How studying abroad changed my outlook

Studying abroad has significantly changed my outlook on life and influenced my behavior. I decided to take on some voluntary roles to engage in the local community in Sheffield. I am a volunteer representative at the Students’ Union’s Raising & Giving, where we raise money for several charities and I also volunteer at Sheffield Museums, which has given me a chance to tour the city’s museums, meet enthusiasts always eager to talk to you about their interests and gave me a chance to know about the history of Sheffield, and lastly, as a sales representative at Oxfam. These roles have greatly enhanced my communication skills and kept me actively involved with both the local community in Sheffield and students from around the world. At Oxfam, being surrounded by books and engaging with customers about their favorite reads has been particularly enriching, and working at the till has improved my money-handling skills.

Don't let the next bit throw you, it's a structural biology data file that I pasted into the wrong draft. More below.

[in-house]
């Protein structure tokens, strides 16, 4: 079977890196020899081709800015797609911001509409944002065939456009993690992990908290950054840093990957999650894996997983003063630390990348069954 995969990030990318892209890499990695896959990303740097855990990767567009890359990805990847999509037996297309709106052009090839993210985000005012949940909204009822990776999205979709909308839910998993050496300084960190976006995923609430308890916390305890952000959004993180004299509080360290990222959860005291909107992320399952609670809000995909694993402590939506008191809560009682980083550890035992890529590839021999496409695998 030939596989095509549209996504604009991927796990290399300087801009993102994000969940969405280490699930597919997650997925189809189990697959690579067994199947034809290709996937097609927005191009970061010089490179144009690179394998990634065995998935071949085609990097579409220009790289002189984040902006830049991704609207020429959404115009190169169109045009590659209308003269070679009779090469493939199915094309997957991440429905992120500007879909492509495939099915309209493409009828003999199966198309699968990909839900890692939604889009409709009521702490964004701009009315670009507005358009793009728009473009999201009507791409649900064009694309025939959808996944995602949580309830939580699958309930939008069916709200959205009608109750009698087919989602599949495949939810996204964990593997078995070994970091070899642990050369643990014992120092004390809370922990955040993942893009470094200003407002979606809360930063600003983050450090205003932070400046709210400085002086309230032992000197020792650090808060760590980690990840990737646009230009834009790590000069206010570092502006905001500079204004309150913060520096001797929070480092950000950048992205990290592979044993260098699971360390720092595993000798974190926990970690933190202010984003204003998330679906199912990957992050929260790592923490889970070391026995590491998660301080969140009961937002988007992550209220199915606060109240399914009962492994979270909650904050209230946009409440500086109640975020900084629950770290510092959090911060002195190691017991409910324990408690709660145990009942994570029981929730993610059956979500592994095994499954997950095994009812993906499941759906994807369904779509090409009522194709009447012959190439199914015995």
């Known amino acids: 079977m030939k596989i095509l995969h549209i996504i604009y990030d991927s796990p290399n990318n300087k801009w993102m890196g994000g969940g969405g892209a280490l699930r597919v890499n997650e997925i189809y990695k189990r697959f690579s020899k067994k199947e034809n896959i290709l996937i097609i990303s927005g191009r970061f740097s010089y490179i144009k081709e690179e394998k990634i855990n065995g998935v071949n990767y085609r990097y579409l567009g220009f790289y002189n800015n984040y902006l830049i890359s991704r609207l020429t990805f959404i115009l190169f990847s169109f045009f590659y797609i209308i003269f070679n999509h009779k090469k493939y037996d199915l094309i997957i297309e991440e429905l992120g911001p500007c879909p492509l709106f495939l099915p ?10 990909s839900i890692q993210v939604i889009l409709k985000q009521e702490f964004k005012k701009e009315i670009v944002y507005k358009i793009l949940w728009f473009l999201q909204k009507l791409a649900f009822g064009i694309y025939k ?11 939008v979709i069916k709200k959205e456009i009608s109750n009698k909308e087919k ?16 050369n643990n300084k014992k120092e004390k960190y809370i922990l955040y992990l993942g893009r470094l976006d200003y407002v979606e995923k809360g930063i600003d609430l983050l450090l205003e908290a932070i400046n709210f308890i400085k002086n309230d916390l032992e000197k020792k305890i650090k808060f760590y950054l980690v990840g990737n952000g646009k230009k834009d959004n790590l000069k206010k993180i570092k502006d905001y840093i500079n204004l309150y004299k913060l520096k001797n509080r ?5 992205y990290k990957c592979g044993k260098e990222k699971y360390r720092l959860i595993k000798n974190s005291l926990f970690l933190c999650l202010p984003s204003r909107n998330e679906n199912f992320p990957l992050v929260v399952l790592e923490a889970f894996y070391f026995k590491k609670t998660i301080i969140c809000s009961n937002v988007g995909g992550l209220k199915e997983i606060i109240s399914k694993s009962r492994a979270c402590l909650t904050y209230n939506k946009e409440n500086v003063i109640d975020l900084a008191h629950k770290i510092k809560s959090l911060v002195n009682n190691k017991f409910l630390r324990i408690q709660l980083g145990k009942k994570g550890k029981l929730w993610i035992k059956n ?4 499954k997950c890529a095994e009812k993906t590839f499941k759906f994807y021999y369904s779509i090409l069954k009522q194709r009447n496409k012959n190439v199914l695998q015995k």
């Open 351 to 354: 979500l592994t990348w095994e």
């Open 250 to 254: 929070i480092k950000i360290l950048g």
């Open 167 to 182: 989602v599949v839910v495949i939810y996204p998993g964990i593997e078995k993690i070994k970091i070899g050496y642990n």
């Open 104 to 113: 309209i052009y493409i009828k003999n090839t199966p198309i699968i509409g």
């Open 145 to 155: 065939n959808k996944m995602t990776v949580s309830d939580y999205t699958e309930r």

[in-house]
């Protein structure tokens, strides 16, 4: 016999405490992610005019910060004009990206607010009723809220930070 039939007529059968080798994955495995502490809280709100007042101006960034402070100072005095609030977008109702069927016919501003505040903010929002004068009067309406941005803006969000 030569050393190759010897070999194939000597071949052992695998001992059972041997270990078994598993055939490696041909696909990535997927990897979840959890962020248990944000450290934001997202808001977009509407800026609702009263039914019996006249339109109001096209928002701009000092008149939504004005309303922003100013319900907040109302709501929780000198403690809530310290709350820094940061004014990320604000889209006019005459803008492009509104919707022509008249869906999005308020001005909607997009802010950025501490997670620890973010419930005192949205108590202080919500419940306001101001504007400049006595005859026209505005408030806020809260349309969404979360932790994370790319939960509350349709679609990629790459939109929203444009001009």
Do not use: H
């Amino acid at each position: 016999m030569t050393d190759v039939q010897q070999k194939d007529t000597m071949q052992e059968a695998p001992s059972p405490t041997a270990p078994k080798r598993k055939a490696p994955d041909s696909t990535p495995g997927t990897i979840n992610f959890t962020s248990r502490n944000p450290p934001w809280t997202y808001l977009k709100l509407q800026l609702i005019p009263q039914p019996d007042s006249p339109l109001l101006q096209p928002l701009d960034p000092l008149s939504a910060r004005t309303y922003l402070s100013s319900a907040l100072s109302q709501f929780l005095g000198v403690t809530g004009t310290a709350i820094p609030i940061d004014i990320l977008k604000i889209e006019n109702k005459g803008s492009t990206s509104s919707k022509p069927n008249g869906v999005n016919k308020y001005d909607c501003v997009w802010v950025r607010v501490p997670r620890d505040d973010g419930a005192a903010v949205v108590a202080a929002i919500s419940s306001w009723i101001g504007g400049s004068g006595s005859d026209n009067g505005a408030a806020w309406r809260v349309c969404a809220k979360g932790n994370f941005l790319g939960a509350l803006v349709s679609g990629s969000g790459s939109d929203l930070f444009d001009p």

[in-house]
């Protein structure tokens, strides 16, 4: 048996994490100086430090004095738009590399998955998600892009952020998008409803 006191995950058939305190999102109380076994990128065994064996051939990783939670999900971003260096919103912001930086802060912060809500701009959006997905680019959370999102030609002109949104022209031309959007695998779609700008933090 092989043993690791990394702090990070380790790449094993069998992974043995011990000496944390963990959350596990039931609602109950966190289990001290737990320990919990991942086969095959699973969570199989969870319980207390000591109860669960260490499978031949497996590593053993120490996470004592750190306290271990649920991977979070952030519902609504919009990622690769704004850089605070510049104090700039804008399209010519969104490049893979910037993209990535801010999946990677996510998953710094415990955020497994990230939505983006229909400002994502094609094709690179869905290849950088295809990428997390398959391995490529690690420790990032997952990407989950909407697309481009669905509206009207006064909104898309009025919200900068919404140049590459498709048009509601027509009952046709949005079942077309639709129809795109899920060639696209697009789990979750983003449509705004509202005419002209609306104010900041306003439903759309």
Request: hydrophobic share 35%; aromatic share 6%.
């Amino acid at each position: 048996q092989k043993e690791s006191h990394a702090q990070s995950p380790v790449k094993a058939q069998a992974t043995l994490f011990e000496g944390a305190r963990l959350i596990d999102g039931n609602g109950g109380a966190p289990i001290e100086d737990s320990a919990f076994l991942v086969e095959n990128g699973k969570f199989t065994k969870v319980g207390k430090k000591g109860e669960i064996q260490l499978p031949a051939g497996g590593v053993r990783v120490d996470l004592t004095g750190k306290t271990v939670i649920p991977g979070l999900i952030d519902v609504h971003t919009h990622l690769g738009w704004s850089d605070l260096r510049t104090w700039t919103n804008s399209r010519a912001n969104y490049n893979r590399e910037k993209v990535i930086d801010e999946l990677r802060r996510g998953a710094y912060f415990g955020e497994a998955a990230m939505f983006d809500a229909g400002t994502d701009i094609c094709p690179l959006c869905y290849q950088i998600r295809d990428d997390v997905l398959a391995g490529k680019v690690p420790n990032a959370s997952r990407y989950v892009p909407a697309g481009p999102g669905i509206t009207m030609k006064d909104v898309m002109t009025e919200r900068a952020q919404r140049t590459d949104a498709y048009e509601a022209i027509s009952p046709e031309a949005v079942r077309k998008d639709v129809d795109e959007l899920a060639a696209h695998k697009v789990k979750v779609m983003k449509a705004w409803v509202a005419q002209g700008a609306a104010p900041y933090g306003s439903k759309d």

I am also a member of the Indian Society, where we come together to celebrate festivities and socialize during various events. Additionally, I enjoy participating in sessions held by the Ceilidh and Zumba societies, which provide fun and interactive ways to stay active and meet new people.

Exposure to diverse cultures and perspectives has taught me to foster a deeper understanding and view things from a broader perspective. I feel more independent, very responsible for the choices I make and more importantly open-minded to gain as much experience and knowledge that comes my way. This journey has not only broadened my horizons but also made me more adaptable and appreciative of different cultures and viewpoints.

(This letter is part of a series by The Indian Express where we bring to you the experiences of students at different foreign universities. From scholarships and loans to food and cultural experiences — students tell us how life is different in those countries and things they are learning other than academics)